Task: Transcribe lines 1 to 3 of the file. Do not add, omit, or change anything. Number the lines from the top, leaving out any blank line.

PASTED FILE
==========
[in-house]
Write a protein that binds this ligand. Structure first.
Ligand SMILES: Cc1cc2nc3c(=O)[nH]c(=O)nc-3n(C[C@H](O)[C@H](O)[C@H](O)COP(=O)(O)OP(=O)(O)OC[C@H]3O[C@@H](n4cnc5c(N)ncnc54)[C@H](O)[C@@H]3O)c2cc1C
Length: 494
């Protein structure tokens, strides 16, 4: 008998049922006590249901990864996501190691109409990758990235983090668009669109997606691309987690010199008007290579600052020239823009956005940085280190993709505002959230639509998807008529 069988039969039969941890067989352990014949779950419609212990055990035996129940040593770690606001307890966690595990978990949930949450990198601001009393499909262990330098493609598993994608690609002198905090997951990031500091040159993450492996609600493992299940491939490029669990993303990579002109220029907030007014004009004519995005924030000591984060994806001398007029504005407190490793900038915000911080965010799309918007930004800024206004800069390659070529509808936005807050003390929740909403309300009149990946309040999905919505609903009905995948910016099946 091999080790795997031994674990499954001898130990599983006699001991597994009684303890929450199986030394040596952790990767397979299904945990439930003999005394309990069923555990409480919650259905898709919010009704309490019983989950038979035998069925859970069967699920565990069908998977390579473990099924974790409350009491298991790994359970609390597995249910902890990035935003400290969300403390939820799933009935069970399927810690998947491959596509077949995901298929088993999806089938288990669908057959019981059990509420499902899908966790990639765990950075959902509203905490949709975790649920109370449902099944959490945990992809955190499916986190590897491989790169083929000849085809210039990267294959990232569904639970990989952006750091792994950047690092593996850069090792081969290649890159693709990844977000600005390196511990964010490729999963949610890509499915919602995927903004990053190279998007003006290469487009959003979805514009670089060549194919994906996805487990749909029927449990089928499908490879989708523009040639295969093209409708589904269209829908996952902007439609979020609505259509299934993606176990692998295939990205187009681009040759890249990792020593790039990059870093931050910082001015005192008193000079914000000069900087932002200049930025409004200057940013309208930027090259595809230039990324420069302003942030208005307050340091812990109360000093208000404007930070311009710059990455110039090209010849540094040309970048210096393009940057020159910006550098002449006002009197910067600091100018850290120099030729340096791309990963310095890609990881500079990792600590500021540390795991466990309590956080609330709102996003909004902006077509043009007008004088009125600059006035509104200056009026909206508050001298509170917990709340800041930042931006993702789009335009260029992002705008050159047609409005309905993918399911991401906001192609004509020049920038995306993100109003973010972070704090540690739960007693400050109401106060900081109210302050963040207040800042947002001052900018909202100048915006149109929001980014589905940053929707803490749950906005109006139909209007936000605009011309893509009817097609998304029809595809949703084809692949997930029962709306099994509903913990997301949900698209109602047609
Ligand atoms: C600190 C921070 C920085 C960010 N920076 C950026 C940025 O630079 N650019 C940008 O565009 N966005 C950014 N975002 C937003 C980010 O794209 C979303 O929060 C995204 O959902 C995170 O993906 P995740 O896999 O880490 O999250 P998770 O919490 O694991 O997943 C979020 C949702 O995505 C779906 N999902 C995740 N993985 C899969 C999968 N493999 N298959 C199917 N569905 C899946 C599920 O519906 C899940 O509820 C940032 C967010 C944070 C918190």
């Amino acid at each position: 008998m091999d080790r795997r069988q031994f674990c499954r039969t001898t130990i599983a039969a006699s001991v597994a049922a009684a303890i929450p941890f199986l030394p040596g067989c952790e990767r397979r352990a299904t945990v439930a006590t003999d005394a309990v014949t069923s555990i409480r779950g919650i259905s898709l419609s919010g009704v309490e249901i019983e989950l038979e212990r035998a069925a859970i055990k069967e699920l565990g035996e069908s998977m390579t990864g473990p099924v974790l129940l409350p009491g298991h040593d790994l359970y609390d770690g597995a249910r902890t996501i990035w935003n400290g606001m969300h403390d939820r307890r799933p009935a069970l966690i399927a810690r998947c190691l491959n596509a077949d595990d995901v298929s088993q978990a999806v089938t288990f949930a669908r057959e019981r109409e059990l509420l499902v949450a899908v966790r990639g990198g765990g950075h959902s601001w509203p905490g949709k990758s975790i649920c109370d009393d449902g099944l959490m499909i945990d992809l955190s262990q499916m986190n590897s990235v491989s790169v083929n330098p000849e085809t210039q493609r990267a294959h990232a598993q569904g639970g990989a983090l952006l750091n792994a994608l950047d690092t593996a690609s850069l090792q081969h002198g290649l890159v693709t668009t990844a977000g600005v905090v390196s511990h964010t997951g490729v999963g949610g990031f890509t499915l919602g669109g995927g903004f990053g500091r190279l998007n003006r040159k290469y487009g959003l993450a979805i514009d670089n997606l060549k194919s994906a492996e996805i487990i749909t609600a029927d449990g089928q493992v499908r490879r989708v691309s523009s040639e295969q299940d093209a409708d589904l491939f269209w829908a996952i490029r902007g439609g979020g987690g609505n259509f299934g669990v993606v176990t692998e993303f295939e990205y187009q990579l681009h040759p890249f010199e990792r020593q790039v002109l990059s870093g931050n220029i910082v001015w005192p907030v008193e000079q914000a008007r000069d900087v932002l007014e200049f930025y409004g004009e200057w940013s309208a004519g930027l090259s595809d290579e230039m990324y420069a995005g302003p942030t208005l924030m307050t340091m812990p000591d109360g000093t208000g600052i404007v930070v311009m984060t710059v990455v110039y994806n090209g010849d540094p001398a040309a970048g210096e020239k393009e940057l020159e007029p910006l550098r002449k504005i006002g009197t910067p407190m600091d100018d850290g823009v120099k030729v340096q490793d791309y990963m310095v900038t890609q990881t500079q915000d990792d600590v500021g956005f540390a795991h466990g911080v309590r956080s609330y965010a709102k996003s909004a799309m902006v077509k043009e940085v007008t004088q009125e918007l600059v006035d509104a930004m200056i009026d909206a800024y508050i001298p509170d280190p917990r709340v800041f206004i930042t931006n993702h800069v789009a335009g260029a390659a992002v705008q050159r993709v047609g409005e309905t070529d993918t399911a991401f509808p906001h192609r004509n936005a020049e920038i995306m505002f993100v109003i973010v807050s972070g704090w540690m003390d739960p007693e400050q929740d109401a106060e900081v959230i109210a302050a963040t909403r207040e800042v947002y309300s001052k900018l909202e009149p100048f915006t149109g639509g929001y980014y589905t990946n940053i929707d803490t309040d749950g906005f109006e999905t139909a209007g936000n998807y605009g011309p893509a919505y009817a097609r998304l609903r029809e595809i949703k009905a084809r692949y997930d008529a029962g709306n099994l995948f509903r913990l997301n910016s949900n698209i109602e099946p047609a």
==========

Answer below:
[in-house]
Write a protein that binds this ligand. Structure first.
Ligand SMILES: Cc1cc2nc3c(=O)[nH]c(=O)nc-3n(C[C@H](O)[C@H](O)[C@H](O)COP(=O)(O)OP(=O)(O)OC[C@H]3O[C@@H](n4cnc5c(N)ncnc54)[C@H](O)[C@@H]3O)c2cc1C